Mikhail Gorbachev's policy of glasnost could open the door for representatives of The Church of Jesus Christ of Latter-day Saints to operate for the first time in the Soviet Union, a Soviet official says.
"I don't think that there are any political obstacles for the Mormon Church, like any other, to be represented in the Soviet Union," Vladimir Zhukov, an 18-year veteran of the Soviet Foreign Ministry, said in an interview in Salt Lake City."It's in the policy of glasnost that we pay more attention to religion as such and its place in the life of our society," Zhukov said.
Church spokesman Jerry Cahill said church leaders are heartened by the changing Soviet attitudes and the opportunities those changes may create.
"We hope that at some time we may follow the pattern of establishing the church in Russia, as we've been able to do in other countries and as we've been able to do most recently in Hungary," Cahill said.
"There's nothing to preclude a member of the church from being a communist. It would be possible but difficult, especially if he regime required atheism," Cahill said. "The important thing is commitment to the gospel of Jesus Christ."
With a membership of 6.5 million worldwide, the LDS Church has almost 2 million members living outside the United States and 36,000 missionaries involved in proselyting activities in 80 countries.
But there has never been a Mormon baptism in the Soviet Union.
Zhukov, an atheist, said the shift toward more religious tolerance was evident in Gorbachev's June speech to the 19th All-Union Conference of the Communist Party.
Calling freedom of conscience "fundamental," Gorbachev told party members: "We do not conceal our attitude to the religious outlook as being non-materialistic and unscientific. But this is no reason for a disrespectful attitude to the spiritual-mindedness of the believer, still less for applying any administrative pressure to assert materialistic views. All believers, irrespective of the religion they profess, are full-fledged citizens of the USSR."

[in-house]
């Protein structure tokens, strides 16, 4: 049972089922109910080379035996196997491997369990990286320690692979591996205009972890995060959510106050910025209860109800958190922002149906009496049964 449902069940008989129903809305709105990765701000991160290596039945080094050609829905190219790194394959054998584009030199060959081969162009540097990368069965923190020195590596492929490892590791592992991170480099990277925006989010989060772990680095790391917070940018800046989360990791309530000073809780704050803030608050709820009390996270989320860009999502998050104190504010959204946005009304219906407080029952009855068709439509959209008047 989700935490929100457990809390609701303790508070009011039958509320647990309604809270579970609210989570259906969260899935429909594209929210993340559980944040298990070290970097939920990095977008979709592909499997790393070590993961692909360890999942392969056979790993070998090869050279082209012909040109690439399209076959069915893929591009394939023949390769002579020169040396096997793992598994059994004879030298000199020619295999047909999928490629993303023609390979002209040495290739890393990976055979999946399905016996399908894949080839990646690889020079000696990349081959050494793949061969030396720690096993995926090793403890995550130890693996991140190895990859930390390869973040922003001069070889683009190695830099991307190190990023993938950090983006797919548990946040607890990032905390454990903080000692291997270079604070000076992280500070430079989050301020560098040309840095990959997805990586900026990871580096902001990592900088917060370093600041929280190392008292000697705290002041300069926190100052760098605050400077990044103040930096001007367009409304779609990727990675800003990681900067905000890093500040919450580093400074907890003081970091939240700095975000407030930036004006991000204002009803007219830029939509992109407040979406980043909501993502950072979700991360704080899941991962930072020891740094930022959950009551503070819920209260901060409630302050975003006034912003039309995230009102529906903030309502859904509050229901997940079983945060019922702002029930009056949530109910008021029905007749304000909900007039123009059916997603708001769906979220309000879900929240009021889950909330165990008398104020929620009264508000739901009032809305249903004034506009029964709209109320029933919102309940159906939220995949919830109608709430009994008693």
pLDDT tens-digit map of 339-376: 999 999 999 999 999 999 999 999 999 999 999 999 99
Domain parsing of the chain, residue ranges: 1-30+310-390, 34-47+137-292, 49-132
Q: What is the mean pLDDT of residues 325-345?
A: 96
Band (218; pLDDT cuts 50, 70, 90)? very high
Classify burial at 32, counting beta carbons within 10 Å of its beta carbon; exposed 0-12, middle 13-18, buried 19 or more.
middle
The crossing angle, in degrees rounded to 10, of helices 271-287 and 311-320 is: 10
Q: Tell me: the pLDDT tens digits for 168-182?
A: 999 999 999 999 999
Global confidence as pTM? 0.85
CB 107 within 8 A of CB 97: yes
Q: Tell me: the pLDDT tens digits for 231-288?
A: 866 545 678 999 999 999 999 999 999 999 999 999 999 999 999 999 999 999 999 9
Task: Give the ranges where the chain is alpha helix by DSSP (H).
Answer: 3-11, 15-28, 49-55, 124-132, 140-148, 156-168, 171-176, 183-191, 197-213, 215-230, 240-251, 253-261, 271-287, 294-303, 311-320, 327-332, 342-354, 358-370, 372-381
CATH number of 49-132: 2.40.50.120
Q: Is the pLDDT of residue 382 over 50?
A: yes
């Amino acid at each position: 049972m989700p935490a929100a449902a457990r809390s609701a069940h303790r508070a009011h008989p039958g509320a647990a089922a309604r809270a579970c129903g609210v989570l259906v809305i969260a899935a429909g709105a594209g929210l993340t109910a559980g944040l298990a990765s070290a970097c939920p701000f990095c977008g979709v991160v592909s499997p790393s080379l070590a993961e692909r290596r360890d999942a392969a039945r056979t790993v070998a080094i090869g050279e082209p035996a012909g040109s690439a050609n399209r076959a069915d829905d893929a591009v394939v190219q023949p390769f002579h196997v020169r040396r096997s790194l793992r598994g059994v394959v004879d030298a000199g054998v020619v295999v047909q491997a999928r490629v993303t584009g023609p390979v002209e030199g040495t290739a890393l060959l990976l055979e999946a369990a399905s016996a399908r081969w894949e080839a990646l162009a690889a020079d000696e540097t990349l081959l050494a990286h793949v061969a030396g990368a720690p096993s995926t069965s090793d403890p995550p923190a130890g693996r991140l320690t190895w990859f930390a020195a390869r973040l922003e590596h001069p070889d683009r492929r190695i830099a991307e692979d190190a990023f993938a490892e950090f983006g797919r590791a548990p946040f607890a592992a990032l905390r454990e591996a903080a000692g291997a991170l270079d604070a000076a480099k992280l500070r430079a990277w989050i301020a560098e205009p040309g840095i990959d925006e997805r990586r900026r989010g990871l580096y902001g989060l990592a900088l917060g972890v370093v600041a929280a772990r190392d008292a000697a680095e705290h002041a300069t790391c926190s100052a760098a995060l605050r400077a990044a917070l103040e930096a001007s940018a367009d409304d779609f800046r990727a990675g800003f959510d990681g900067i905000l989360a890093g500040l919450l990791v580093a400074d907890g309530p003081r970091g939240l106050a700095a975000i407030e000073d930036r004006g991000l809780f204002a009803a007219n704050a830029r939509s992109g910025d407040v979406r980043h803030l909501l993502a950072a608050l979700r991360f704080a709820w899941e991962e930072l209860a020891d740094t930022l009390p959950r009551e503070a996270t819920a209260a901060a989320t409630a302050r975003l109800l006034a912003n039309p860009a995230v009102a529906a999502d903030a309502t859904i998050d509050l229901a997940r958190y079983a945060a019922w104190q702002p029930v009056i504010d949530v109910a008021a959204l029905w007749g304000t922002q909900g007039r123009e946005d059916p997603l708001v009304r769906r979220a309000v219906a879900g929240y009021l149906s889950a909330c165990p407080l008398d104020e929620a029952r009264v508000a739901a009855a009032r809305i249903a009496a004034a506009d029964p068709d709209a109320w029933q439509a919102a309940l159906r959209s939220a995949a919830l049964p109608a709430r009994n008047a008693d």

Cahill said church officials believe they have a mandate to take the gospel throughout the world. "We look forward for the day when we can initiate our work in the Soviet Union. That would be a fond hope," he said.
As for mixing politics and religion, Cahill said it would never happen.
"Our missionaries are told simply not to get involved in political discussions. Our sole intent is to teach our message. We avoid politics. Political activity of any kind is not part of the missionary mandate," he said.
The church does encourage its members to involve themselves in politics as a matter of private conscience, within the contexts of the laws of the society in which they find themselves.
To date, the LDS Church has had no official contacts with Soviet officials, but there have been many unofficial "people-to-people" meetings.
Gorbachev's policy reverses the stance of past Soviet regimes, which have repressed and controlled religious expression, jailing some religious activists.
Zhukov, stationed in Utah since July 2, serves as the public information officer for the Soviet inspection team.
"We visited the LDS Church and have been welcomed by officials of this church. We've been told about the steps that are important to Mormons," said Zhukov.